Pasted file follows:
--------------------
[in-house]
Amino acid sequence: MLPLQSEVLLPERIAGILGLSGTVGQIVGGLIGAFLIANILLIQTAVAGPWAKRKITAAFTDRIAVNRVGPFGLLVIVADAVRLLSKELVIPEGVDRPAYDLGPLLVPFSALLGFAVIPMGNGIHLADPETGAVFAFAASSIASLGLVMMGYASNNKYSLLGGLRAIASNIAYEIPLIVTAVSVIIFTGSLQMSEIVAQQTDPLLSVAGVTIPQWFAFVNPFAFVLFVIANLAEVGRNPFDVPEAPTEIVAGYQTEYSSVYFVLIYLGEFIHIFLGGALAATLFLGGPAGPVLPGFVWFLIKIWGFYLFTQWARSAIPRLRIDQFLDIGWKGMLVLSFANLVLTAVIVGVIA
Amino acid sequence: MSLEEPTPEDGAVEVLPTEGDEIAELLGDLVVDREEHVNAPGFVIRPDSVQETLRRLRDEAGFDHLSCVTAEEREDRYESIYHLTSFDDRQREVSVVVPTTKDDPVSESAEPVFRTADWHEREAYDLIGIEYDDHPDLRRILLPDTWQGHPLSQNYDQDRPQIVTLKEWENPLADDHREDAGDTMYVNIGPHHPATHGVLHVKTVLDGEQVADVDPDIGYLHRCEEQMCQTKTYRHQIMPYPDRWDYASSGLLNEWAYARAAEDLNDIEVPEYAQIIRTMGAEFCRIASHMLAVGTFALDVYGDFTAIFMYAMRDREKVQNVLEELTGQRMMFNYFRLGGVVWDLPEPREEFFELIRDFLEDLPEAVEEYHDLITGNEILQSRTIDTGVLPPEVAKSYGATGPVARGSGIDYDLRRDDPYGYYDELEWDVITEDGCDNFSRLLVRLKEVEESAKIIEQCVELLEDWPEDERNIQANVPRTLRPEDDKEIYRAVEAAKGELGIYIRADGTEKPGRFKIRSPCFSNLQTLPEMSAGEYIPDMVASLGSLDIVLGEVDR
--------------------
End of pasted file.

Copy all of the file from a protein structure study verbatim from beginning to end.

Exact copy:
[in-house]
Amino acid sequence: MLPLQSEVLLPERIAGILGLSGTVGQIVGGLIGAFLIANILLIQTAVAGPWAKRKITAAFTDRIAVNRVGPFGLLVIVADAVRLLSKELVIPEGVDRPAYDLGPLLVPFSALLGFAVIPMGNGIHLADPETGAVFAFAASSIASLGLVMMGYASNNKYSLLGGLRAIASNIAYEIPLIVTAVSVIIFTGSLQMSEIVAQQTDPLLSVAGVTIPQWFAFVNPFAFVLFVIANLAEVGRNPFDVPEAPTEIVAGYQTEYSSVYFVLIYLGEFIHIFLGGALAATLFLGGPAGPVLPGFVWFLIKIWGFYLFTQWARSAIPRLRIDQFLDIGWKGMLVLSFANLVLTAVIVGVIA
Amino acid sequence: MSLEEPTPEDGAVEVLPTEGDEIAELLGDLVVDREEHVNAPGFVIRPDSVQETLRRLRDEAGFDHLSCVTAEEREDRYESIYHLTSFDDRQREVSVVVPTTKDDPVSESAEPVFRTADWHEREAYDLIGIEYDDHPDLRRILLPDTWQGHPLSQNYDQDRPQIVTLKEWENPLADDHREDAGDTMYVNIGPHHPATHGVLHVKTVLDGEQVADVDPDIGYLHRCEEQMCQTKTYRHQIMPYPDRWDYASSGLLNEWAYARAAEDLNDIEVPEYAQIIRTMGAEFCRIASHMLAVGTFALDVYGDFTAIFMYAMRDREKVQNVLEELTGQRMMFNYFRLGGVVWDLPEPREEFFELIRDFLEDLPEAVEEYHDLITGNEILQSRTIDTGVLPPEVAKSYGATGPVARGSGIDYDLRRDDPYGYYDELEWDVITEDGCDNFSRLLVRLKEVEESAKIIEQCVELLEDWPEDERNIQANVPRTLRPEDDKEIYRAVEAAKGELGIYIRADGTEKPGRFKIRSPCFSNLQTLPEMSAGEYIPDMVASLGSLDIVLGEVDR